MEPS 272:301-305 (2004)  -  doi:10.3354/meps272301

When the going gets rough: effect of maternal size manipulation on larval quality

Dustin J. Marshall1,2,*, Michael J. Keough1

1Department of Zoology, The University of Melbourne, Victoria 3010, Australia 2Present address: School of Biological, Environmental and Earth Sciences, University of New South Wales, New South Wales 2052, Australia

ABSTRACT: Variation in larval size has been shown to be an important factor for the post-metamorphic performance of marine invertebrates but, despite its importance, few sources of this variation have been identified. For a range of taxa, offspring size is positively correlated with maternal size but the reasons for this correlation remain unclear. We halved the size of colonies in the bryozoan Bugula neritina 1 wk prior to reproduction (but during embryogenesis) to determine if larval size is a fixed or plastic trait. We manipulated colonies in such a way that the ratio of feeding zooids to reproductive zooids was constant between treatment and control colonies. We found that manipulating colony size strongly affects larval size; halved colonies produced larvae that were ~13% smaller than those produced by intact colonies. We entered these data into a simple model based on previous work to estimate the likely post-metamorphic consequences of this reduction in larval size. The model predicted that larvae that came from manipulated colonies would suffer ~300% higher post-metamorphic mortality and ~50% lower fecundity as adults. Colonies that are faced with a stress appear to be trading off current offspring fitness to maximize their own long-term fitness and this may explain previous observations of compensatory growth in colonial organisms. This study demonstrates that larval size is a surprisingly dynamic trait and strong links exist between the maternal phenotype and the fitness of the offspring. The performance of settling larvae may be determined not only by their larval experience but also by the experience of their mothers.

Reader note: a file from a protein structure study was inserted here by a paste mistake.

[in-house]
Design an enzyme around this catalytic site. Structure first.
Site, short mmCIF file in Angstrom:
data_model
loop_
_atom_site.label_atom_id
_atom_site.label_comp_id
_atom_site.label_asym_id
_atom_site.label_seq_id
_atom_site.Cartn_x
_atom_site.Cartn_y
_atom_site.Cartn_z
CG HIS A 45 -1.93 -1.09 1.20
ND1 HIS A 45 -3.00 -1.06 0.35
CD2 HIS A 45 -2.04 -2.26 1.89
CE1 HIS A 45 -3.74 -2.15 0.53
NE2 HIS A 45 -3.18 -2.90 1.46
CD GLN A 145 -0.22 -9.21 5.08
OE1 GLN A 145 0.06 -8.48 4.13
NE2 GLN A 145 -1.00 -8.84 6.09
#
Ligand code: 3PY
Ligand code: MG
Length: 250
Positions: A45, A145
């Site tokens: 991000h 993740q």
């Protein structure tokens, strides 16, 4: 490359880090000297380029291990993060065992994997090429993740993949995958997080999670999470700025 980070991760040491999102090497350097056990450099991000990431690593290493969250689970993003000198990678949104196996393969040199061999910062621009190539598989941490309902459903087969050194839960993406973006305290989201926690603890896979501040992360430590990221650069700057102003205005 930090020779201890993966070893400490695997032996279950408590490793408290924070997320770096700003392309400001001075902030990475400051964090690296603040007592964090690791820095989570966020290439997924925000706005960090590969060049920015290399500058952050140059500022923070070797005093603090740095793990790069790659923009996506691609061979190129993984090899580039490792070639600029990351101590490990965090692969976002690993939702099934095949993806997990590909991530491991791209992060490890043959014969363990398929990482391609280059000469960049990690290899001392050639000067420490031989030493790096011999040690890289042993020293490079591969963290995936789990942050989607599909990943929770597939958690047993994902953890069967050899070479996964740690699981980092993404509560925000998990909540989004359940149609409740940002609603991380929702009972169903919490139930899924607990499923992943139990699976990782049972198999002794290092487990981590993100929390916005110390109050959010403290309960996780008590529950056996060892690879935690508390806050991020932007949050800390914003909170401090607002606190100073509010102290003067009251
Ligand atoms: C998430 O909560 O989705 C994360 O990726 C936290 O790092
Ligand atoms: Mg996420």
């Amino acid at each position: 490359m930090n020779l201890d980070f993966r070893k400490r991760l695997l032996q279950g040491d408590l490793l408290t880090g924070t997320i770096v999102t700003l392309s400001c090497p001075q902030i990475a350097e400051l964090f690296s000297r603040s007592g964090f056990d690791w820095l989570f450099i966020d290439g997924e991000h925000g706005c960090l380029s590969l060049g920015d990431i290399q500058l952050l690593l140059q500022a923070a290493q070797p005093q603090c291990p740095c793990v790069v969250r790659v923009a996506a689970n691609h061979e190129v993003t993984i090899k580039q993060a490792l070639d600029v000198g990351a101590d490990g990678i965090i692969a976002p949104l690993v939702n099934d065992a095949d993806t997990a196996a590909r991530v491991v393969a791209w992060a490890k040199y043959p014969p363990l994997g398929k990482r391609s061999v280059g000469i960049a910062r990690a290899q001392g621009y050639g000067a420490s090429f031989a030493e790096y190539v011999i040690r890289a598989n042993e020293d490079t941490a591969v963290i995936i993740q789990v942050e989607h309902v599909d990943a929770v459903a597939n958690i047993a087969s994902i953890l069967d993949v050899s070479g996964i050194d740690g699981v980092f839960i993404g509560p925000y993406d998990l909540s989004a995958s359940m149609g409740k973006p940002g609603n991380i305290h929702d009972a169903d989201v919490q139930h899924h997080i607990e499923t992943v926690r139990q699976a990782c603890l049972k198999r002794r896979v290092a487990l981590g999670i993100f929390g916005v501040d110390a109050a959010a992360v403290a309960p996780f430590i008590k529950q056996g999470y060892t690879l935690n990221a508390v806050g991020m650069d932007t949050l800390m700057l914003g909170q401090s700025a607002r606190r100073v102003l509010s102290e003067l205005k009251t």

KEY WORDS: Offspring size · Maternal effect · Regeneration

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